Monthly Archives: May 2012

Making the best of a startup weekend

I was at the Startup Weekend event in Seattle last weekend and many people asked me how my experience was, so rather than reply to each person individually, I thought I’d write it up.

This was my 5th Startup weekend since I attended the very first one, back in 2008. Over the past four years, teams that I’ve led or been a part of have attempted to build a social enterprise directory (Skillbit), a unified social invitation tool (Onevite), a twitter-based business intelligence dashboard (Bitter), a social video watching application (Shubz.TV) and most recently a re-imagined dining experience (TableSurfing). As with 99% of startups, all of these idea have failed to get any traction beyond the very busy weekend it was conceived in. Even then, the experience of pitching an idea, building a team, learning some new skills and generally meeting some other smart and passionate people have kept me going at least once a year.

Here’re my tips to make the best of your experience at a Startup Weekend and other such hack-a-thons. I’m going to assume that you have a well paying regular job, actual marketable skills and are actually interested in building or working at a tech startup and that is your intention in attending these events.


Manage your expectations

At startup weekend, and life in general, managing your expectations and seeing beyond the hype is key to avoiding disappointment. So, let’s get real – you’re not going to build your billion dollar startup here[1], you may not even build anything past the login screen of the application you’re working on. You’re not going to meet your dream co-founding engineer here. The brilliant idea you thought of during your drive over the 520 bridge will not be met with a standing ovation and a flock of angel investors elbowing their way to your table.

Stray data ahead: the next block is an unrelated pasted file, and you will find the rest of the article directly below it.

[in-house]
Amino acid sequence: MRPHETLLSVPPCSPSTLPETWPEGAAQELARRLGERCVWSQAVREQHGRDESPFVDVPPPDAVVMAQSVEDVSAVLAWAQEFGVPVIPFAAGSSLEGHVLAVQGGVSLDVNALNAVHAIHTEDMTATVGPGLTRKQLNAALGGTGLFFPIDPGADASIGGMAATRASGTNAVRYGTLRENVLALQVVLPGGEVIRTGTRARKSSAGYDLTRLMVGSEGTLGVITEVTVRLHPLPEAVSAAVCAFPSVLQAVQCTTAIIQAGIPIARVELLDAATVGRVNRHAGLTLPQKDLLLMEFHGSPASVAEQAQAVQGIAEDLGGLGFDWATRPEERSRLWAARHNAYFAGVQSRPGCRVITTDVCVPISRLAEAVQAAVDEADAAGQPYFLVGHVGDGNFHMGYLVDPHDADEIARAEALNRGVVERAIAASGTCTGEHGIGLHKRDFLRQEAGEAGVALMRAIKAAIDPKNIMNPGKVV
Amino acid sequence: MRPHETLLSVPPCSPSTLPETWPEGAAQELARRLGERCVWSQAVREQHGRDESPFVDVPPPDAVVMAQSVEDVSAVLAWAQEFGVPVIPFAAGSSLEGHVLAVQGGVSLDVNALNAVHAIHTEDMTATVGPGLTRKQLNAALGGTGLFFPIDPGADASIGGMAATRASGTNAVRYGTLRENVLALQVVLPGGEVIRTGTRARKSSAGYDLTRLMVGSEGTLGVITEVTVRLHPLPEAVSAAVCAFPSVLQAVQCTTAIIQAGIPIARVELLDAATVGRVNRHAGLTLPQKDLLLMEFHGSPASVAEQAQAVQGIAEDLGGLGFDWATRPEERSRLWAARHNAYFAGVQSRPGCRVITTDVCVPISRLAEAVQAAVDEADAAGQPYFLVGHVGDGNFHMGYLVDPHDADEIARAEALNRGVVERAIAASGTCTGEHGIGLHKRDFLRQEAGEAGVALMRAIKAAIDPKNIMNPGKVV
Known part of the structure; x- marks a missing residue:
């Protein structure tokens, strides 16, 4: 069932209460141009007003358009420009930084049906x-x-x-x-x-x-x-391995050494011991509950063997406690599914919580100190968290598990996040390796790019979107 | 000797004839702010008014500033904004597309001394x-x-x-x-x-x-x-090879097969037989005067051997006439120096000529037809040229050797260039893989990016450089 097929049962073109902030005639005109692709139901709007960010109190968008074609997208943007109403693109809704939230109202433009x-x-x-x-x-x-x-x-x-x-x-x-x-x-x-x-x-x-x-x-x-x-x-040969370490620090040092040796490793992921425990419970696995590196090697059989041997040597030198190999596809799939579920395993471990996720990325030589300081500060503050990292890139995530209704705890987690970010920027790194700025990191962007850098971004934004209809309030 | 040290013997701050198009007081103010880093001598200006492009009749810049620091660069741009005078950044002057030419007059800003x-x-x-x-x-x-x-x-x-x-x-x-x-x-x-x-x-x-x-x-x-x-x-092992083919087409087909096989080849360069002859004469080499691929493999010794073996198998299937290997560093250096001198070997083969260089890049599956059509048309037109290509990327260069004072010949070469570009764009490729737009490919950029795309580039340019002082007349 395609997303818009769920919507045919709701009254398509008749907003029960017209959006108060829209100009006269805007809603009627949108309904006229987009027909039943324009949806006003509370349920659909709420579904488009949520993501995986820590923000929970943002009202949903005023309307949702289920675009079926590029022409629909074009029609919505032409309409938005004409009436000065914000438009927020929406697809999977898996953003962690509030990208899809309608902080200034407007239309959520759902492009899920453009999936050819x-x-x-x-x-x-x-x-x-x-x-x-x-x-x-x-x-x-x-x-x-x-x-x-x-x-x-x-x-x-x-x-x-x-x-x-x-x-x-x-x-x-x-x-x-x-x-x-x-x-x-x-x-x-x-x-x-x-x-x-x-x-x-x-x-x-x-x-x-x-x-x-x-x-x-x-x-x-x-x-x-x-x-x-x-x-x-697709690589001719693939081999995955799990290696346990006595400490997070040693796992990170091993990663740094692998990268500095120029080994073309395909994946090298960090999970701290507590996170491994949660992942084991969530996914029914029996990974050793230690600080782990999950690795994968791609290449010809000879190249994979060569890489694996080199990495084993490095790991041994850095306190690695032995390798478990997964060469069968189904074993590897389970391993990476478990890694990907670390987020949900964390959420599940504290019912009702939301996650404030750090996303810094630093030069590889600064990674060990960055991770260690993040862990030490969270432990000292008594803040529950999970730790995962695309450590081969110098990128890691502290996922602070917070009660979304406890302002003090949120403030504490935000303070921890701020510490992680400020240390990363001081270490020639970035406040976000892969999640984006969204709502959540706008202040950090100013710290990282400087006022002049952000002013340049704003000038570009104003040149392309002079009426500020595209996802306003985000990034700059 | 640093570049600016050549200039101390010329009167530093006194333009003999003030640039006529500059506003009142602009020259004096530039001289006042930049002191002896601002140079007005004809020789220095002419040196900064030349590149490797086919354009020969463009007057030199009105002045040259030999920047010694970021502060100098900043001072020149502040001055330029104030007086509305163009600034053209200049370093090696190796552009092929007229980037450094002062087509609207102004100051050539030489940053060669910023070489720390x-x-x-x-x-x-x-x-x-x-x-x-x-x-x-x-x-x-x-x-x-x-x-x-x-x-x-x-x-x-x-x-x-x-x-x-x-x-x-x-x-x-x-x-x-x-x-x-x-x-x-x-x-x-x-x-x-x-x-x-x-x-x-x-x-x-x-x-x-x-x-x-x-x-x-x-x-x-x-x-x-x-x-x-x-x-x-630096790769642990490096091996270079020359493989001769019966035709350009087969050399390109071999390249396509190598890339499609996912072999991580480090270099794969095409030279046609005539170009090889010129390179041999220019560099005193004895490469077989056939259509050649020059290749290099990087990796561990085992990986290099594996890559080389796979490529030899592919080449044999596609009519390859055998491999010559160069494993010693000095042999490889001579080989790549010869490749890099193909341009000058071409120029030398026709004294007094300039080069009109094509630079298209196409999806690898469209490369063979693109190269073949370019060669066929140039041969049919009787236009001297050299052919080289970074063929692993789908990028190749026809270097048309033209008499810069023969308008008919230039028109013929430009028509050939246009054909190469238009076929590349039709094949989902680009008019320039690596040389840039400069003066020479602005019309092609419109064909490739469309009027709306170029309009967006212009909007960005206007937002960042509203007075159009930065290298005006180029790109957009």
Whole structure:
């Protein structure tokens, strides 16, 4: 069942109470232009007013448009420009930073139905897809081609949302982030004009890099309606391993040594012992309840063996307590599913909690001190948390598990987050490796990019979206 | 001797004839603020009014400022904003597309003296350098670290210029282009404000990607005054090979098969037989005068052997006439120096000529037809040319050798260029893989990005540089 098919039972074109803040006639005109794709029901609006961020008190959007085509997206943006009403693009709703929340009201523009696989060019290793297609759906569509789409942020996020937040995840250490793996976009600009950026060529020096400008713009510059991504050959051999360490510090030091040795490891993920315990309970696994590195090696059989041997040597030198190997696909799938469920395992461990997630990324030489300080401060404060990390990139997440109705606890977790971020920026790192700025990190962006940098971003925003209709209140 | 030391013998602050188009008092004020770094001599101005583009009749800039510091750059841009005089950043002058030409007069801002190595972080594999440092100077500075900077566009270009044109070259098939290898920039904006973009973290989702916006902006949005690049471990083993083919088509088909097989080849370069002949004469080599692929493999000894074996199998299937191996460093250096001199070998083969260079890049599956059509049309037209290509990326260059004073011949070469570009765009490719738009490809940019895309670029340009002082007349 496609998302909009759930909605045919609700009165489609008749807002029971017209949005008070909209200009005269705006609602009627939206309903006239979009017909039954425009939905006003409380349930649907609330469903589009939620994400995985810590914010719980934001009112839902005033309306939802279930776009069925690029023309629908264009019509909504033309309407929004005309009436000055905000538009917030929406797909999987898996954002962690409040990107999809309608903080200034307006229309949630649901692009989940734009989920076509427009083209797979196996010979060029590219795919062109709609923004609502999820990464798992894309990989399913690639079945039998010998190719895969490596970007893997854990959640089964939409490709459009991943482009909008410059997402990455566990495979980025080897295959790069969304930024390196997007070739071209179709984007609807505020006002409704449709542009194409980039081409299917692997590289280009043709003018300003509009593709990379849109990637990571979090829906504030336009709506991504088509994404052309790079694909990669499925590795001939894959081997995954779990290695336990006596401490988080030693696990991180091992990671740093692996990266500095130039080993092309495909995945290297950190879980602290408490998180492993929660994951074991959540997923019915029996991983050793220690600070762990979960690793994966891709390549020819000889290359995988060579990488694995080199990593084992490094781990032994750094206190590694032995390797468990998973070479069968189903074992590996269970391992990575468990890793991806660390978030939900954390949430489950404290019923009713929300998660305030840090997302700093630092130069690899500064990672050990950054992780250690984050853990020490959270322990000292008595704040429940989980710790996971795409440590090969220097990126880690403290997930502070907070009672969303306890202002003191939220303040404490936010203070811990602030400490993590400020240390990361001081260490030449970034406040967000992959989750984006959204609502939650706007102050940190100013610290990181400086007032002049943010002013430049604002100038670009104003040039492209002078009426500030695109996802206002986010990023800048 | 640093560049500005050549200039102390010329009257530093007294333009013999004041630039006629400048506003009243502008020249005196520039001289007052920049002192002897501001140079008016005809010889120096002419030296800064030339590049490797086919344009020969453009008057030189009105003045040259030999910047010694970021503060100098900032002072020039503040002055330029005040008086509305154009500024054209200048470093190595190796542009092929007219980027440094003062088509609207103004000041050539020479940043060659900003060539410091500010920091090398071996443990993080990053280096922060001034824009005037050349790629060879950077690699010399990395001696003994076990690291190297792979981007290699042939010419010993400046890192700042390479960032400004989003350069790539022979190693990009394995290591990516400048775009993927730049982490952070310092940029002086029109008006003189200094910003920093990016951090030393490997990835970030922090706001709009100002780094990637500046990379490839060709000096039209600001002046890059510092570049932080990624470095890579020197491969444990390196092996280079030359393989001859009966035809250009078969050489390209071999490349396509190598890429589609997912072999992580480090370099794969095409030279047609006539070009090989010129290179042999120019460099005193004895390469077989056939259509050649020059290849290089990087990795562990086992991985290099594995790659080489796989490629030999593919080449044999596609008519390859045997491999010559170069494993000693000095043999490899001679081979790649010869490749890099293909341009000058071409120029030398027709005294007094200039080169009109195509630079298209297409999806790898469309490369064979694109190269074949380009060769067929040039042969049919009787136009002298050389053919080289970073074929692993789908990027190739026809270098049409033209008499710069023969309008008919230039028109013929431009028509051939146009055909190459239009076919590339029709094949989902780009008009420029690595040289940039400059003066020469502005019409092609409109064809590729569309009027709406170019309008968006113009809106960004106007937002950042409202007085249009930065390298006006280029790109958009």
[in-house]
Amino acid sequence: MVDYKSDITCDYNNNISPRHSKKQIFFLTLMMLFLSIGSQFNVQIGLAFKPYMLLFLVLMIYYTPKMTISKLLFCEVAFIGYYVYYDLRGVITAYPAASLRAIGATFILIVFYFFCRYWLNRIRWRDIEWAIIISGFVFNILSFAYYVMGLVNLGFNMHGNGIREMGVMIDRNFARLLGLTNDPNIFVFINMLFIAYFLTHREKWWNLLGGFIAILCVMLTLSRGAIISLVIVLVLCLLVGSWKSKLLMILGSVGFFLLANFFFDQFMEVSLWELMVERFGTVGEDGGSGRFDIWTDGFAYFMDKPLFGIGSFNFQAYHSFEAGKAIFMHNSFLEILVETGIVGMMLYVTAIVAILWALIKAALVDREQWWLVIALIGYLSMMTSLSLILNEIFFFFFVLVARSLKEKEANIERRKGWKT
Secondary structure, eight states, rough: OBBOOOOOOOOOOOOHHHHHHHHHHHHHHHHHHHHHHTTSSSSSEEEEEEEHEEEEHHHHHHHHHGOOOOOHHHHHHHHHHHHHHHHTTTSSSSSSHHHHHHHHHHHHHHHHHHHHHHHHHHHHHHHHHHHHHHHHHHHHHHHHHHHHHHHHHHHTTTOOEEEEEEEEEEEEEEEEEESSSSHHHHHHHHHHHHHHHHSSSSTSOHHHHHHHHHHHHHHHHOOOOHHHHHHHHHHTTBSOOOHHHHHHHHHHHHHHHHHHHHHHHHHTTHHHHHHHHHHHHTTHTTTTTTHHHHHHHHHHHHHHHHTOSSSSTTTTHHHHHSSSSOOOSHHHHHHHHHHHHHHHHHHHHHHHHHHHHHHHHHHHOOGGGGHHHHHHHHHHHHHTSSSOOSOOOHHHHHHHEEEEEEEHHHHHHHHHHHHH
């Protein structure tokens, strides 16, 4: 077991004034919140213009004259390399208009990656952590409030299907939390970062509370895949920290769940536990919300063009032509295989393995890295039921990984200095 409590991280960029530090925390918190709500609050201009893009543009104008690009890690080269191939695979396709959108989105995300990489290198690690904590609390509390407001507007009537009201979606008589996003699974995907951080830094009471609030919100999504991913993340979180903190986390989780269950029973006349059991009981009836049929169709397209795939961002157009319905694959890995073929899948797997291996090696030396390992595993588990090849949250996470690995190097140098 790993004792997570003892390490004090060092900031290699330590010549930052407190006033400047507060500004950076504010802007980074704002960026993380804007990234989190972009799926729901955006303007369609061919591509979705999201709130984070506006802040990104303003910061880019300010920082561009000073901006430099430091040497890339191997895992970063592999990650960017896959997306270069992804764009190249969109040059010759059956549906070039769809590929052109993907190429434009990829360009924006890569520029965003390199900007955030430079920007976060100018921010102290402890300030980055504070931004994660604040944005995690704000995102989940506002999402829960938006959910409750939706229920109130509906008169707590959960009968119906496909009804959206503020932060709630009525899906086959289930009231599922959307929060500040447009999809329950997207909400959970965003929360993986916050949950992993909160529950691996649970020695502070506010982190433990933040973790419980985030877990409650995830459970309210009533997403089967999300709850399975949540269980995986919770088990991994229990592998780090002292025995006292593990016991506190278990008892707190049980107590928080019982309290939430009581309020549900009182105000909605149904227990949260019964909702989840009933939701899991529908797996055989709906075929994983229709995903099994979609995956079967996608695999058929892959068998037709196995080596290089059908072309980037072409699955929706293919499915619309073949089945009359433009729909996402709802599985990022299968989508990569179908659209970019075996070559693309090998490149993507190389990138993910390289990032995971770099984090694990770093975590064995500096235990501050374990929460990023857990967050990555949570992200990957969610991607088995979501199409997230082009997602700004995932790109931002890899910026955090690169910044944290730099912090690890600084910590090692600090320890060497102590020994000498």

More than likely, though, everyone else will think your idea sucks, everyone you meet will be a social media consultant whose primary skill is tweeting at 140 words a minute and every idea you hear will be a rehash of something you read on TechCrunch last year.

If you’re lucky, you might meet one other person who thinks your idea is kinda neat and gives you some feedback, find someone who shares some interests with you or has some skill you don’t and you might learn a couple of a CSS tricks you didn’t know before. If you’re really lucky, you’ll build an interesting prototype that gets a few rounds of applause and a sponsor might give you a $30 credit towards their service. So, aim high, but expect nothing.

Go with a skill.  Learn another one.

The best use of your time at startup weekend is to learn a skill that you’ve always wanted to hone. Now, if you’re never coded before, don’t go there expecting to become the next Linus Torvalds by watching someone hack Javascript over the weekend. But if your primary skill is in coding backend services and you’ve always wanted to dabble in front-end or design, this is a great opportunity to do so without taking that risk on your day job on someone else’s dime. If you’re a visual designer and wanted to get better at your CSS and HTML or if you’re an engineer looking to learn some project management or business skills, help out with some market research or in writing up a survey for the user researchers on the team. Or try helping out in your project’s demo and presentation to help you get over that fear of public speaking.  Everyone appreciates a helping hand, especially when you’re clearly contributing and helping the project move forward and are willing to learn patiently. Observe, ask questions, pick up tips and tricks and learn some new tools, but don’t expect anyone to give you a 101 in anything.

It’s not about the idea. It’s about the execution.